The most significant rating action announced by Fitch was the two-notch downgrade of the insurer financial strength rating of Lloyd’s of London, from “A+” to “A-,” and placement of the rating on Rating Watch Negative.
Lloyd’s has not yet publicly announced its own estimate of potential losses. However, based on Lloyd’s heavy participation in aviation-related risks and high-level catastrophic coverages, Fitch believes that of all the insurance entities within its ratings universe, it is likely that Lloyd’s will experience the greatest financial impact from the terrorist attacks.
Fitch also downgraded by one notch the ratings of four other property/casualty insurers – Atlantic Mutual, Kemper, Liberty Mutual, and Republic Western – though these downgrades were heavily influenced by reserving and operation issues, as opposed to strictly attack-related exposures. In fact, the downgrade of Republic Western was only due to operational and reserving issues. In addition to being downgraded, both Atlantic Mutual and Kemper were also placed on Rating Watch Negative due to the level of their exposures to the attacks.
Fitch placed a number of other property/casualty insurers and reinsurers on Rating Watch Negative since their current loss estimates related to the attacks reflect a material percentage of their capital. In several cases, the Rating Watch was also linked to operational and reserving issues. The list includes ACE, Chubb, CNA, FM Global, Hartford Fire, Markel, Royal & SunAlliance (USA), SCOR, Swiss Re and XL. Should losses for these companies increase to levels inconsistent with their present ratings, Fitch will discuss with management plans to replace lost capital. If these plans appeared viable, Fitch would permit management a reasonable time period to put into place its plans. If capital raising proved successful, the ratings would be affirmed and removed from Rating Watch; if unsuccessful, the ratings would be downgraded.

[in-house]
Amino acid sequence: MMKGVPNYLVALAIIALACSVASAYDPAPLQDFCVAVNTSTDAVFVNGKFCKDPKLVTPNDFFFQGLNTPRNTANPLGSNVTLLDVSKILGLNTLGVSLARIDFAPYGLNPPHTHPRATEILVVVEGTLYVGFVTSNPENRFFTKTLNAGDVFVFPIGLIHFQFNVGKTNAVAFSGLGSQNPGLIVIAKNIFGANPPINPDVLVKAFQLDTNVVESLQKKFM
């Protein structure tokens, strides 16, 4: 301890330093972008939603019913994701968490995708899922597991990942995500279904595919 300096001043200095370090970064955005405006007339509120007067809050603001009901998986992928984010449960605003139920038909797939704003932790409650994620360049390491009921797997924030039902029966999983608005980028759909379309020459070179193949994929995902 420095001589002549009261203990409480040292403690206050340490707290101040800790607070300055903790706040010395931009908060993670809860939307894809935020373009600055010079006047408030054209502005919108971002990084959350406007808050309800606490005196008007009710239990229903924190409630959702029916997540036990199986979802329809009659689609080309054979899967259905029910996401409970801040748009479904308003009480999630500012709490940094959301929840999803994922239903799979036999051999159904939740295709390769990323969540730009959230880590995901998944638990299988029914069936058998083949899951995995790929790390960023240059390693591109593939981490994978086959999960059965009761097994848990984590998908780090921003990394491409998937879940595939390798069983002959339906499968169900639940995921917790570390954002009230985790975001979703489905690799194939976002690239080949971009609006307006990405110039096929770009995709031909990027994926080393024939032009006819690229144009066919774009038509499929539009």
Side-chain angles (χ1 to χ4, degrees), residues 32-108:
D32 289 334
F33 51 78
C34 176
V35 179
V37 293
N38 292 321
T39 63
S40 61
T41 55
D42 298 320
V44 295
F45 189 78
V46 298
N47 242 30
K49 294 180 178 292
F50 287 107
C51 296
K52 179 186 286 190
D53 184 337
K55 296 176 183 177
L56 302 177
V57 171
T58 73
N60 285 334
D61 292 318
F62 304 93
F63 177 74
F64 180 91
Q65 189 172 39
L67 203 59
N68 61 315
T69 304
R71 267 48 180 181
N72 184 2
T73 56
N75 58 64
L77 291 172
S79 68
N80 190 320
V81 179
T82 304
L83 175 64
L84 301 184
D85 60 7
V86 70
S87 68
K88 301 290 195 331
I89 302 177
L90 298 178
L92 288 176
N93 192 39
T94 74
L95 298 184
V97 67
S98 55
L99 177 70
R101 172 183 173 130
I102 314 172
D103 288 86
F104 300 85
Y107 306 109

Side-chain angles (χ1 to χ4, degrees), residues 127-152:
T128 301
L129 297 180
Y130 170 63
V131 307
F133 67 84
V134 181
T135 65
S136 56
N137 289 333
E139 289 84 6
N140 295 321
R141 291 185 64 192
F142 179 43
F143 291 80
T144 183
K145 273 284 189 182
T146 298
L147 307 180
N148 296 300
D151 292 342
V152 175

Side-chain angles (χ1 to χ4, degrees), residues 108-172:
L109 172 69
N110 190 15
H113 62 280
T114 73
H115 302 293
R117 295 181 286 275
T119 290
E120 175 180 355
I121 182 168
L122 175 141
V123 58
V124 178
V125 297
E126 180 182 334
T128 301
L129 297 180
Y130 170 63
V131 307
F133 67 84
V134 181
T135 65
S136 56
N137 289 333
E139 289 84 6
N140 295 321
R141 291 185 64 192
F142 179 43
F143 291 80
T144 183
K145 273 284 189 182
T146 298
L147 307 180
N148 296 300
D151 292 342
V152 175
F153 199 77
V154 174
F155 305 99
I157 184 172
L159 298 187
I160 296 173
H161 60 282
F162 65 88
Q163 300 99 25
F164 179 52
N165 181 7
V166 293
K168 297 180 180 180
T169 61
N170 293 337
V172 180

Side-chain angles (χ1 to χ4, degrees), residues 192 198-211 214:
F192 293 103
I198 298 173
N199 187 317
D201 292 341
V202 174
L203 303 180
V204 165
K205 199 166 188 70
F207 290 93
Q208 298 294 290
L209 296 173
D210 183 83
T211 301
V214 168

However, if losses increase to very high levels, Fitch would likely initiate a downgrade even if management planned a capital raising effort. Companies often face declines in financial flexibility and financing options in the face of very large estimated losses. If capital was ultimately raised, the ratings would then be upgraded.
The only rating action in the life sector related to the attacks was to place IDS Life on Negative Rating Outlook due to challenges Fitch believes parent American Express will face in its travel-related businesses. No life or health insurers were placed on Rating Watch or downgraded due to adverse claim exposures.